We were wrong, new evidence shows there are active volcanoes on Mars!

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Mars
A recent study shows that Mars may still be volcanically active today.
Robert Duarte Robert Duarte Weathered Brazil 7 minutes

When we think of traveling to other planets, the first planet that comes to mind is Mars. The Red Planet is always the focus of media attention and the protagonist of science fiction films.

SpaceX often discusses a possible trip to Mars at the end of this decade. So Mars is in the habitable zone together with Earth the existence of liquid water would be possible. This is one of the main reasons why astronomers have always wondered Mars as a possible next stop for humans. The planet is well studied with several probes sitting on the Martian soil and collecting data.

One of the interesting features of the planets is the study of volcanic activity. The Earth itself still has volcanic activity today. Mars was long believed to be volcanically inactive and to have had volcanic activity in the past. A new study suggests that Mars still has the active volcanoes that define the planet’s geology today.

Characteristics of Mars

Mars is the fourth planet of the Solar System and close to Earth. It is one of the planets visible at night as a reddish dot. The red color is due to the presence of iron oxide on its surface. The planet’s atmosphere is quite thin and the presence of life is currently unlikely.

Some studies even point to the possibility that rivers of liquid water may have existed at one point. Mars probes often collect and send back data to answer some of these questions.

The largest volcano in the solar system

Mars is home to the largest known volcano in the solar system, which is called Mount Olympus. Mount Olympus is approximately three times the size of Mount Everest and is more than 20 kilometers high. It is also extremely wide, exceeding 600 kilometers; that is, it is impossible to see the base from the top because it is beyond the horizon.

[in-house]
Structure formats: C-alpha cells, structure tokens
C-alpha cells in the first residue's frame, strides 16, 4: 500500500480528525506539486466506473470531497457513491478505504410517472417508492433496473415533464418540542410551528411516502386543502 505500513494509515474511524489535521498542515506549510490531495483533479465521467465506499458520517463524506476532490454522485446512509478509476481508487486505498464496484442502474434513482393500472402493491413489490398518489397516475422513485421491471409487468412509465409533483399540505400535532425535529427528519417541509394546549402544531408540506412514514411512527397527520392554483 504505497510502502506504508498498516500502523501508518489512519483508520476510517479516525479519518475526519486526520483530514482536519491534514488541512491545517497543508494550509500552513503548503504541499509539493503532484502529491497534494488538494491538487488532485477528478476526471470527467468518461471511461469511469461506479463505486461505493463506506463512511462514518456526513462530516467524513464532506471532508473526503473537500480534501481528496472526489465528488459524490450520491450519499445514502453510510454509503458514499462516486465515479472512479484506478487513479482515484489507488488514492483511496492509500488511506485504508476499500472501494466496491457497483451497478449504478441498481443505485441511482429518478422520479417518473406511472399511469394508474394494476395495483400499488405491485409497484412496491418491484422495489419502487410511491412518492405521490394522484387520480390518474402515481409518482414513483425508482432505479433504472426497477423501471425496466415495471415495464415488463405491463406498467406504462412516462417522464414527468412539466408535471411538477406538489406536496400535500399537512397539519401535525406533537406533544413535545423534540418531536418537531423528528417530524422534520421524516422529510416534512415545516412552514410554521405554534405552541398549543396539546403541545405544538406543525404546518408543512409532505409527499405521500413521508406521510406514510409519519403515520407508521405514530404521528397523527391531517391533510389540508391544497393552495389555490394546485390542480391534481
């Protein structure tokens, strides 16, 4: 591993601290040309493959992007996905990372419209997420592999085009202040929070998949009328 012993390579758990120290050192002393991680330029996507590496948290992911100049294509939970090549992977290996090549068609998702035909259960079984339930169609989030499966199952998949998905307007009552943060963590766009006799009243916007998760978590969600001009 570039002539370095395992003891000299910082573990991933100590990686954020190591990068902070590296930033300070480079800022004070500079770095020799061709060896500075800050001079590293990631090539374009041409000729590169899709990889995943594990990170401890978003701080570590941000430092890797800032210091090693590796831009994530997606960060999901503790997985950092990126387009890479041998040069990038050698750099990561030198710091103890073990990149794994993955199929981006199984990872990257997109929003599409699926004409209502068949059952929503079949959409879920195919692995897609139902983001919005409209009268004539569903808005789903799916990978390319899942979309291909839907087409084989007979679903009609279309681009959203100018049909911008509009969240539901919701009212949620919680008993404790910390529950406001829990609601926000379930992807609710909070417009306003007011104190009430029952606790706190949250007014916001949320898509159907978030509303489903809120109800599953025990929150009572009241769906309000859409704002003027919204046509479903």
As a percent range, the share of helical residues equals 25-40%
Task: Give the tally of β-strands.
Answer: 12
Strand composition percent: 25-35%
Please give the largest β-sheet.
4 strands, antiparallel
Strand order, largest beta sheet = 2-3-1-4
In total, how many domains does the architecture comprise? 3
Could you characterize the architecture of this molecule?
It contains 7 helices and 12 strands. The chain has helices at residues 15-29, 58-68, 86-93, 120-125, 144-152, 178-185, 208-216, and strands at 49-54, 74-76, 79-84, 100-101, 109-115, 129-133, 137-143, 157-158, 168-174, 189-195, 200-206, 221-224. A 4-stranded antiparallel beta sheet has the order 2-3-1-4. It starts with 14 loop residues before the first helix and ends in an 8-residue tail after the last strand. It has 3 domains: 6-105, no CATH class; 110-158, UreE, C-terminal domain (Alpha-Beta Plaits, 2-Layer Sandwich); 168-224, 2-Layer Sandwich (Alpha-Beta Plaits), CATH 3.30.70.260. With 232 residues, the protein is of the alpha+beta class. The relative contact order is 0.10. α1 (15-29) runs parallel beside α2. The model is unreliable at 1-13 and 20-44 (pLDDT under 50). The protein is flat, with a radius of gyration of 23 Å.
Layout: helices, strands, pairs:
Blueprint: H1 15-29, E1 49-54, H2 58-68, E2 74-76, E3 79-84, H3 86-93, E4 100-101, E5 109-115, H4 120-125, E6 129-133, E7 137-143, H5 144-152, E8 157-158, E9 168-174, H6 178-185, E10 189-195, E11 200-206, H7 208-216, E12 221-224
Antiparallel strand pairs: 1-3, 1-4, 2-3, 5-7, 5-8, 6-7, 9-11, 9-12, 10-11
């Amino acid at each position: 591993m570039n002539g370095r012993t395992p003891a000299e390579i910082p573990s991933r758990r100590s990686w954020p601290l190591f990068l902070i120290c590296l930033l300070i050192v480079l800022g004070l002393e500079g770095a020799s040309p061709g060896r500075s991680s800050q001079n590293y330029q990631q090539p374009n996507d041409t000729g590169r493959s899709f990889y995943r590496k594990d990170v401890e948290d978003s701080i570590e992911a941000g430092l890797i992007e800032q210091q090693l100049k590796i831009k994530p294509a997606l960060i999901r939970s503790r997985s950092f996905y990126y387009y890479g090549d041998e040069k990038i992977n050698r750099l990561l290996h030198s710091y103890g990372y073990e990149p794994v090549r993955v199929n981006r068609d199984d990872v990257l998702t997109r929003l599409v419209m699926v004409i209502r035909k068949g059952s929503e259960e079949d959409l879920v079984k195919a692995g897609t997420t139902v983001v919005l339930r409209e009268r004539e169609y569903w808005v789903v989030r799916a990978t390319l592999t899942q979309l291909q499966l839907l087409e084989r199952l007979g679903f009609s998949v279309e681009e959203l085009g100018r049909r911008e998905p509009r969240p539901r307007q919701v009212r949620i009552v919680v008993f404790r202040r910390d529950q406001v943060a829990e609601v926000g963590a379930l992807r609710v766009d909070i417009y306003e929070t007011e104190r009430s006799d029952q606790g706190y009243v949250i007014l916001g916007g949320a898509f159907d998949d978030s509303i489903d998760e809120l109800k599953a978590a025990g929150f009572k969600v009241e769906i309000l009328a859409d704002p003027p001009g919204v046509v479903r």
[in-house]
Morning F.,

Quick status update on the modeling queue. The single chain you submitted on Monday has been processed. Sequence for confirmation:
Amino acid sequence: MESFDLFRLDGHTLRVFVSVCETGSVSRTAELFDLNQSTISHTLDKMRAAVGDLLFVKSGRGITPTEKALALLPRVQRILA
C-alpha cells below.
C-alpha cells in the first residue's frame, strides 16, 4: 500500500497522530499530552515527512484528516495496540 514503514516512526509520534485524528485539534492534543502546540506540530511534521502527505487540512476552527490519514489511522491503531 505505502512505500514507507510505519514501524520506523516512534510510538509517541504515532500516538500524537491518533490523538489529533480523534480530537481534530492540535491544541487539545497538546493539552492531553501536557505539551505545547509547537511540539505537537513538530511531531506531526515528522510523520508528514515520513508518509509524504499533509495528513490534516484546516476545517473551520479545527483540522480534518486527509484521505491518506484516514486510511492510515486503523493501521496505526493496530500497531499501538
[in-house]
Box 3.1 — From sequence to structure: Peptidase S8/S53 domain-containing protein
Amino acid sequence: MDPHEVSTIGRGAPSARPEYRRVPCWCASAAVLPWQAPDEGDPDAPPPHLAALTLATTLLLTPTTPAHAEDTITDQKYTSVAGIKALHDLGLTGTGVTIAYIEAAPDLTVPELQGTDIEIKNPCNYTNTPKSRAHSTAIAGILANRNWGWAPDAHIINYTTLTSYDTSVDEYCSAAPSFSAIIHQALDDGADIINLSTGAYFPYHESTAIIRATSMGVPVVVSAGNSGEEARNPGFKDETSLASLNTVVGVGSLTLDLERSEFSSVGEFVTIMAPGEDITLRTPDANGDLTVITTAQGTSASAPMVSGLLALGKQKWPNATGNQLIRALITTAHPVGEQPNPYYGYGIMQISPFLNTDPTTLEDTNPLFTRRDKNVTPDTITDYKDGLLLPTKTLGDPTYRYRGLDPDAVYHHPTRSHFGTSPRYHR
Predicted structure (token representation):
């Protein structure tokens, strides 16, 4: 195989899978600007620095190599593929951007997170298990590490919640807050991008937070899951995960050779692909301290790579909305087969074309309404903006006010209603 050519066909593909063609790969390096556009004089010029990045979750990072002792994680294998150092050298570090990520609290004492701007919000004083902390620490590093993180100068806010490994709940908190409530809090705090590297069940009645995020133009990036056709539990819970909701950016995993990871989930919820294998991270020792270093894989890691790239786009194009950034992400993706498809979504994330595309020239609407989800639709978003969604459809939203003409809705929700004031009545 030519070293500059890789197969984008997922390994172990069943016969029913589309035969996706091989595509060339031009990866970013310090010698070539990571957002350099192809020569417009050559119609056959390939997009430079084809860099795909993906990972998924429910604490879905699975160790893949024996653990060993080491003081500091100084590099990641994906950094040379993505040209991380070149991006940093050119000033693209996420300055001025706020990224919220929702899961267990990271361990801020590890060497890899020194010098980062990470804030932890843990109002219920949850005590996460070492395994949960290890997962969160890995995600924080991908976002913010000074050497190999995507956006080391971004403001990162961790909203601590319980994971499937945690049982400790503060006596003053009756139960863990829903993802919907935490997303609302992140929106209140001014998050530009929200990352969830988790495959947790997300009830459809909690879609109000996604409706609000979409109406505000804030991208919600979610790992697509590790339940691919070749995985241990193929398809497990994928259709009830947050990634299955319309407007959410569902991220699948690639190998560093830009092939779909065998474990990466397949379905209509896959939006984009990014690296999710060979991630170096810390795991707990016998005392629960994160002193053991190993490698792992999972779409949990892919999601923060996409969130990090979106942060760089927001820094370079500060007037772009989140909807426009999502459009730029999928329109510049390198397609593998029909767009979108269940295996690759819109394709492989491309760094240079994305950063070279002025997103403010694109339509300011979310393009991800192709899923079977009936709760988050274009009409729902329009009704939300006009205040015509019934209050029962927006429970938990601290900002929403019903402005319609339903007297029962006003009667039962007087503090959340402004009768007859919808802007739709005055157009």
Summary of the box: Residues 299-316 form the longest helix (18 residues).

Mount Olympus
Mount Olympus is the largest volcano in the solar system. It is an inactive volcano located on the planet Mars. Credit: ESA

The volcano reached this size thanks to there have been several eruptions in the past. It is one of the signs that Mars has had an active past in this sense. Currently, Mount Olympus is considered an inactive volcano, but it is important for the study of the geological history of the planet.

How to study the surface of Mars?

The study of the surface of Mars dates back more than 100 years. However, the technology was limited in the past and the markings on its surface were difficult to explain. The quality of the images was so poor that in the 1970s it was believed that one of the mountains on Mars was a human face. Something that was denied in the following decades.

Viking 1 on the surface of Mars
A photograph taken by Viking 1 showed a face on the surface of Mars. It was later confirmed that it is pareidolia, where we see patterns of faces in places. Credit: NASA/JPL

Today, there are several probes on the surface of Mars, such as the famous Curiosity and Perseverance. These and other missions use high-resolution cameras, probes, radar and instruments map the surface of Mars. They can also study the interior of the planet.

Martian earthquakes

Although there is no evidence of plate tectonics, Mars still has earthquakes caused by activity inside. Some are caused by phenomena that occur internally, such as core contraction or cooling due to some internal process. In 2022, it has NASA’s InSight module largest earthquake ever recorded on Mars detected.

Although weak compared to Earth parameters, at magnitude 4.7 it is a very high value for Martian parameters and history. This could be proof that Mars is not as inactive as it seems.

Active volcanoes on Mars?

A recent study examined the evidence for this today there would be volcanic activity on Mars. Scientists used data from the interior of the planet obtained by radar and combined it with images of the surface. By modeling what they achieved, they realized it existed a considerable amount of lava. They were able to identify about 40 sites associated with volcanic activity, although they did not observe any directly. According to the team, this could be evidence that Mars is more active than it seems. If confirmed, our idea that Mars is a dormant planet has been wrong for decades.

What are the consequences?

If confirmed, it could shed light on the still-unanswered question of whether Mars was ever in the past, capable of hosting life. Volcanic activity is an important factor in studying the habitability of a planet. It would also be useful to make a comparison with the geological history of Venus, which is still very active geologically today. Another characteristic would be the existence of internal hot springs that would reach the surface through geysers. Some argue that these features could be important for the existence of primitive life below the surface.



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